ABC News’ critically acclaimed podcast "The Dropout" returns for a special bonus episode featuring a conversation between host Rebecca Jarvis, ABC News’ chief business, technology and economics correspondent; actress Amanda Seyfried, star of Hulu’s Emmy-nominated limited series based on the podcast; and writer Liz Meriwether, the show’s creator and showrunner.
When Seyfried and Meriwether signed on to Hulu’s "The Dropout," they’d spent endless hours consuming all things Elizabeth Holmes. But neither had any idea what was coming next.
"The Dropout" podcast and Hulu drama delve into the story of Holmes, an optimistic and determined young woman who drops out of Stanford to found a promising blood testing startup called Theranos. The podcast and series look to answer the question: How does the woman once heralded as “the next Steve Jobs” find herself facing criminal charges for the technology that was meant to revolutionize health care?
Money. Romance. Tragedy. Deception. The story of Elizabeth Holmes and Theranos is an unbelievable tale of ambition and fame gone terribly wrong. “The Dropout” podcast is available for free on Apple Podcasts, Spotify, Amazon Music, or wherever you listen to podcasts. Click here to find the show on your favorite app.
For Seyfried, who plays Holmes in the eight-episode drama streaming on Hulu, the process begins with “open nerves,” she told Jarvis, ABC News' chief business, technology and economics correspondent, in this week’s special episode. “I don’t go anywhere without my insecurities.”
While Seyfried, who was nominated for an Academy Award for her role in "Mank," has starred in hits like "Mean Girls," "Mama Mia" and "Les Misérables," becoming Holmes posed a unique challenge.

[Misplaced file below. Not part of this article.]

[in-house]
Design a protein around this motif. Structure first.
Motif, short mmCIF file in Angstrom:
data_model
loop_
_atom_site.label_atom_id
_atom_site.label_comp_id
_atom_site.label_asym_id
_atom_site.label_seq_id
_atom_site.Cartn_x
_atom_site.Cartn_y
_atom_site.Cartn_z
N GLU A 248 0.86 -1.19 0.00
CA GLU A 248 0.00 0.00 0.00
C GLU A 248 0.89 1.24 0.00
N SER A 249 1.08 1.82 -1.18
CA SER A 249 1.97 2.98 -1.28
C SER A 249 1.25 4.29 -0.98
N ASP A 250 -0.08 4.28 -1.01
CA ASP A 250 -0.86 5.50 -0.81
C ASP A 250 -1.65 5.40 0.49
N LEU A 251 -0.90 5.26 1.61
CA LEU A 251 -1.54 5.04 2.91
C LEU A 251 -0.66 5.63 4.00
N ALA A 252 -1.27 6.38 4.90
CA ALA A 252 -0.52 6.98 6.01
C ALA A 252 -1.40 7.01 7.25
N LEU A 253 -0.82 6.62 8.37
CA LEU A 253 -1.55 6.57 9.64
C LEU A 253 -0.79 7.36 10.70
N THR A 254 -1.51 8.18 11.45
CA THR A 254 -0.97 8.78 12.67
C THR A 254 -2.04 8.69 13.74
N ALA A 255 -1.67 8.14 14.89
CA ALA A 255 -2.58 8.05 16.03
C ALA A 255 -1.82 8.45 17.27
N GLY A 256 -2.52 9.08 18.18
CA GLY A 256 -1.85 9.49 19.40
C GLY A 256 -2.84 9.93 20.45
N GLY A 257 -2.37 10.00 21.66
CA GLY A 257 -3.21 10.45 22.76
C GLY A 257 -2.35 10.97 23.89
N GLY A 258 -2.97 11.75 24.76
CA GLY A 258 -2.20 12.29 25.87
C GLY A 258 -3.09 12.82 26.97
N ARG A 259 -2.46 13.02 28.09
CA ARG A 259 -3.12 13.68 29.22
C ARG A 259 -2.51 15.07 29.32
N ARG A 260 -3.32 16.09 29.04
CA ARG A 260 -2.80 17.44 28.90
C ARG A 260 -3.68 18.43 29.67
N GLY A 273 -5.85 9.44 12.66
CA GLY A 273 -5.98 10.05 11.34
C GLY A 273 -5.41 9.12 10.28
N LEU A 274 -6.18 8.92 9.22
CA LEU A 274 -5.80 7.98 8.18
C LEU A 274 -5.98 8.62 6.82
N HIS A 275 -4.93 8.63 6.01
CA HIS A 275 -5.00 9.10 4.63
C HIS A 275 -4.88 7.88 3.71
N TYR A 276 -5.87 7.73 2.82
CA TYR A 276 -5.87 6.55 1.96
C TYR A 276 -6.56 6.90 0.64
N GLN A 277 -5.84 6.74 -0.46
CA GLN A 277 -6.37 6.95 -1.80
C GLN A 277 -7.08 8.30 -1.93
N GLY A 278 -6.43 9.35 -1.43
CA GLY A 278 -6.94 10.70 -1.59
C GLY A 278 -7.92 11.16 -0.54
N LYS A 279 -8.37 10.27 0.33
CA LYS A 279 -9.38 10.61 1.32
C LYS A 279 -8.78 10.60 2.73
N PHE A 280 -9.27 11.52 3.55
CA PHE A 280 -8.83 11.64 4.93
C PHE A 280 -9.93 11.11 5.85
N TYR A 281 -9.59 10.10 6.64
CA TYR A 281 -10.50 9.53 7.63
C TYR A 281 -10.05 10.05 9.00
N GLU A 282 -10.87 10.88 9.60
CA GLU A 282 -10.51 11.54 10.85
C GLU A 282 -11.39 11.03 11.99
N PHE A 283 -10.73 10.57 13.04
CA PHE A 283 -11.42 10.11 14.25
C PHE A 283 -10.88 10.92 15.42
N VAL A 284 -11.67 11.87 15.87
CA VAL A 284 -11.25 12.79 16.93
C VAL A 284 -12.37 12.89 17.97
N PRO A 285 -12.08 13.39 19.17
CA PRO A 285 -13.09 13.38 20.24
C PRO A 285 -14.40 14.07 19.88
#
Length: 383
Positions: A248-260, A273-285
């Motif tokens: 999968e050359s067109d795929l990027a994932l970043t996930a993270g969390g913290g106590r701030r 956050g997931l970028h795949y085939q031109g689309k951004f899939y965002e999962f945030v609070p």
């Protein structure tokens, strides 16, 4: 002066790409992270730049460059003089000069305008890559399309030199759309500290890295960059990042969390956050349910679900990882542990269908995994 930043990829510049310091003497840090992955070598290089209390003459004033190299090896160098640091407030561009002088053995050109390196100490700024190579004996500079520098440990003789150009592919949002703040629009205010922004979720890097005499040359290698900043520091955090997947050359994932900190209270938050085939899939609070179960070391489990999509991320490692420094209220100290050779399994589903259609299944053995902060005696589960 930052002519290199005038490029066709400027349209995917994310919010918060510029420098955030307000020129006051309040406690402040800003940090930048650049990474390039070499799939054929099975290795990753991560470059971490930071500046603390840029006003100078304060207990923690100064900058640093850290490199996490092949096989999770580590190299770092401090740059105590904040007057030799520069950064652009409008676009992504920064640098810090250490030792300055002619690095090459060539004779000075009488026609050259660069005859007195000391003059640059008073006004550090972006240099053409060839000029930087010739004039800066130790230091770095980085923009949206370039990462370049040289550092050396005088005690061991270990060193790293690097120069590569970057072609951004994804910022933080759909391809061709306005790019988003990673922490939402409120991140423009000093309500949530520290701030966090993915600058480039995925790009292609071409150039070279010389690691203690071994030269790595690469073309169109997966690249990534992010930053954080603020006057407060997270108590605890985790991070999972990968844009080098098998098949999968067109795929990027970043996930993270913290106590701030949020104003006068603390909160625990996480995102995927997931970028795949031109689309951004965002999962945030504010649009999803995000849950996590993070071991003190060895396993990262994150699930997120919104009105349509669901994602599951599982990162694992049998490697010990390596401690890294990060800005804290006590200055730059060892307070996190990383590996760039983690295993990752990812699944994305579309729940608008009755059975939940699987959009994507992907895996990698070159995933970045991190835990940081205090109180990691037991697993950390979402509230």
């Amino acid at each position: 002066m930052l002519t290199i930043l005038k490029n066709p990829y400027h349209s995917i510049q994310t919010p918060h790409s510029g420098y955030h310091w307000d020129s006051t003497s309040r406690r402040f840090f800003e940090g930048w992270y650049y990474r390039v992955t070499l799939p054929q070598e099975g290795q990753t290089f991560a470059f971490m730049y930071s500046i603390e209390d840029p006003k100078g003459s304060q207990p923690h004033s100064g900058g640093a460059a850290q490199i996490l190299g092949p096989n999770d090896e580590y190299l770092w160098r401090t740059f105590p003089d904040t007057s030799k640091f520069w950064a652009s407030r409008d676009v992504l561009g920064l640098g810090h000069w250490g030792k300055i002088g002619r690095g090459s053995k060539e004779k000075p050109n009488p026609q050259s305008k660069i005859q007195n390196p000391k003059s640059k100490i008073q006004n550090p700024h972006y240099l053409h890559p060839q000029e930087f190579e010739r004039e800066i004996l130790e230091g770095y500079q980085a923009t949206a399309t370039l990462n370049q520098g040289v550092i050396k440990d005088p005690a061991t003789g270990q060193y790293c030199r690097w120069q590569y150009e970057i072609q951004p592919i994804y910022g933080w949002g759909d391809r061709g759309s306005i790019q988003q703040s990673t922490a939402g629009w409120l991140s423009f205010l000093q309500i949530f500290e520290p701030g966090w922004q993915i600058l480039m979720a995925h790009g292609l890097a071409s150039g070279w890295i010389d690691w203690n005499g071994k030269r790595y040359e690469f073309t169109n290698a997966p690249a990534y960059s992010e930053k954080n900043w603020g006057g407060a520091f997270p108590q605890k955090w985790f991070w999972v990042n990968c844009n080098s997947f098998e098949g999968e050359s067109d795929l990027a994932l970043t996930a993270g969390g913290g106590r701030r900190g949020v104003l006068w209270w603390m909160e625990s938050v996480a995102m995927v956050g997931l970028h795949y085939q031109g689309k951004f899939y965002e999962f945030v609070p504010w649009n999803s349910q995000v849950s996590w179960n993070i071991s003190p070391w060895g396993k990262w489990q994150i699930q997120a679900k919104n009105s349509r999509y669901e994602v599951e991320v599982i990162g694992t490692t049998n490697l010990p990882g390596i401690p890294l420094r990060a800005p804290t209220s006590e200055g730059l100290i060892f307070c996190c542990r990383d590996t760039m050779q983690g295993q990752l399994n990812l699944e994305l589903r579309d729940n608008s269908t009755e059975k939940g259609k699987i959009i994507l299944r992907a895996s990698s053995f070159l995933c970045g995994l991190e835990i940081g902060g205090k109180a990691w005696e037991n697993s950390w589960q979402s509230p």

“If it doesn't scare me, there's really no point,” Seyfried explained. “I choose the things that will be complicated.”
Meriwether - whose past work includes "New Girl" and "No Strings Attached" - felt similarly.
“I know that there's this like mix of fear and excitement and just like a thing that's gnawing at you where you're like, 'I can't get this out of my head.'”
Meriwether felt the limited series could take viewers even deeper.
“I [had] only written comedy and I worked on a network sitcom…so I was very intimidated for that reason. And then I listened to the podcast, and I felt like [the podcast] had gotten into [Holmes’] mind.”
It also meant Meriwether had to brush up on her science skills.
“The business side of things, the chemistry, the engineering,” Meriwether recalled, “all of those things felt very intimidating to me because I sort of didn't know where to start with them, but I was so intrigued.”
As if the story itself wasn’t enough of a challenge, there were other obstacles. The COVID pandemic delayed production and Holmes’ own life continued to evolve with her criminal trial unfolding during most of the shooting.
“It's just such a bizarre, bizarre situation,” Seyfried confessed.
But viewers and critics responded. Hulu’s "The Dropout" is now nominated for six Emmys, including Seyfried for Outstanding Lead Actress in a Limited or Anthology Series or Movie and Meriwether for Outstanding Writing.
Looking back, Seyfried - who’s in the process of shooting a new project - says she doubts she’ll ever find something as special as "The Dropout" again.
“I’m not saying it wasn't hard. I'm just saying it's rare and it's never going to happen again.”
Hear more of Jarvis’ conversation with Seyfried and Meriwether in this brand new BONUS episode of "The Dropout" today.